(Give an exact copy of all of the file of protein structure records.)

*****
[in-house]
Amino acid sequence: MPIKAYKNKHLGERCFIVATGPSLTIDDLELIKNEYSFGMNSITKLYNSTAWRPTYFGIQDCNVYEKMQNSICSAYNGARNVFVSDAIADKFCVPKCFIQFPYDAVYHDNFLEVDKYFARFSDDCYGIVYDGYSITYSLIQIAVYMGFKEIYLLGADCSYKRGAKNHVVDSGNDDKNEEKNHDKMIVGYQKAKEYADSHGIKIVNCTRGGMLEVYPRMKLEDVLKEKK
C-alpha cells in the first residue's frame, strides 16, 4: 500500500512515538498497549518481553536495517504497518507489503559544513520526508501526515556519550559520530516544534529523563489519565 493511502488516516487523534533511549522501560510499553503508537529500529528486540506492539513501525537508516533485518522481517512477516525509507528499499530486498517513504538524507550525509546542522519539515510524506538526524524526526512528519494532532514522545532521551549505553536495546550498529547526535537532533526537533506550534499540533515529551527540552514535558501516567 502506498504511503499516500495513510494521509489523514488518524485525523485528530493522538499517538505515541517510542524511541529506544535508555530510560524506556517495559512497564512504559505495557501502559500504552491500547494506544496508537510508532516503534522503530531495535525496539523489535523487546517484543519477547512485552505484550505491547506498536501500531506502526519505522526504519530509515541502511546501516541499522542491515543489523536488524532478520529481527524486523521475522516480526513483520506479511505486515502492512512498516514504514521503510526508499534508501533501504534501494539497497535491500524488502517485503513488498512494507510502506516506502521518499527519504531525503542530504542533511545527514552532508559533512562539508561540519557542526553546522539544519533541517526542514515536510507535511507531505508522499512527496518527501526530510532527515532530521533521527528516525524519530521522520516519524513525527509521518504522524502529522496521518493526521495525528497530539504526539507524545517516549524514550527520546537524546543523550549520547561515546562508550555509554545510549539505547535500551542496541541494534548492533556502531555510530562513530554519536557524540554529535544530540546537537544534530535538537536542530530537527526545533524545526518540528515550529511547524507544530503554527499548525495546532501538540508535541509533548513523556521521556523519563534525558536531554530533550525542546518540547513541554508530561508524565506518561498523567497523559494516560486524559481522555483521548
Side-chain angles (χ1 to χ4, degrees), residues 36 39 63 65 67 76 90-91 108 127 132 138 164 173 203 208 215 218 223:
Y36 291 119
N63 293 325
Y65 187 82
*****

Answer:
[in-house]
Amino acid sequence: MPIKAYKNKHLGERCFIVATGPSLTIDDLELIKNEYSFGMNSITKLYNSTAWRPTYFGIQDCNVYEKMQNSICSAYNGARNVFVSDAIADKFCVPKCFIQFPYDAVYHDNFLEVDKYFARFSDDCYGIVYDGYSITYSLIQIAVYMGFKEIYLLGADCSYKRGAKNHVVDSGNDDKNEEKNHDKMIVGYQKAKEYADSHGIKIVNCTRGGMLEVYPRMKLEDVLKEKK
C-alpha cells in the first residue's frame, strides 16, 4: 500500500512515538498497549518481553536495517504497518507489503559544513520526508501526515556519550559520530516544534529523563489519565 493511502488516516487523534533511549522501560510499553503508537529500529528486540506492539513501525537508516533485518522481517512477516525509507528499499530486498517513504538524507550525509546542522519539515510524506538526524524526526512528519494532532514522545532521551549505553536495546550498529547526535537532533526537533506550534499540533515529551527540552514535558501516567 502506498504511503499516500495513510494521509489523514488518524485525523485528530493522538499517538505515541517510542524511541529506544535508555530510560524506556517495559512497564512504559505495557501502559500504552491500547494506544496508537510508532516503534522503530531495535525496539523489535523487546517484543519477547512485552505484550505491547506498536501500531506502526519505522526504519530509515541502511546501516541499522542491515543489523536488524532478520529481527524486523521475522516480526513483520506479511505486515502492512512498516514504514521503510526508499534508501533501504534501494539497497535491500524488502517485503513488498512494507510502506516506502521518499527519504531525503542530504542533511545527514552532508559533512562539508561540519557542526553546522539544519533541517526542514515536510507535511507531505508522499512527496518527501526530510532527515532530521533521527528516525524519530521522520516519524513525527509521518504522524502529522496521518493526521495525528497530539504526539507524545517516549524514550527520546537524546543523550549520547561515546562508550555509554545510549539505547535500551542496541541494534548492533556502531555510530562513530554519536557524540554529535544530540546537537544534530535538537536542530530537527526545533524545526518540528515550529511547524507544530503554527499548525495546532501538540508535541509533548513523556521521556523519563534525558536531554530533550525542546518540547513541554508530561508524565506518561498523567497523559494516560486524559481522555483521548
Side-chain angles (χ1 to χ4, degrees), residues 36 39 63 65 67 76 90-91 108 127 132 138 164 173 203 208 215 218 223:
Y36 291 119
N63 293 325
Y65 187 82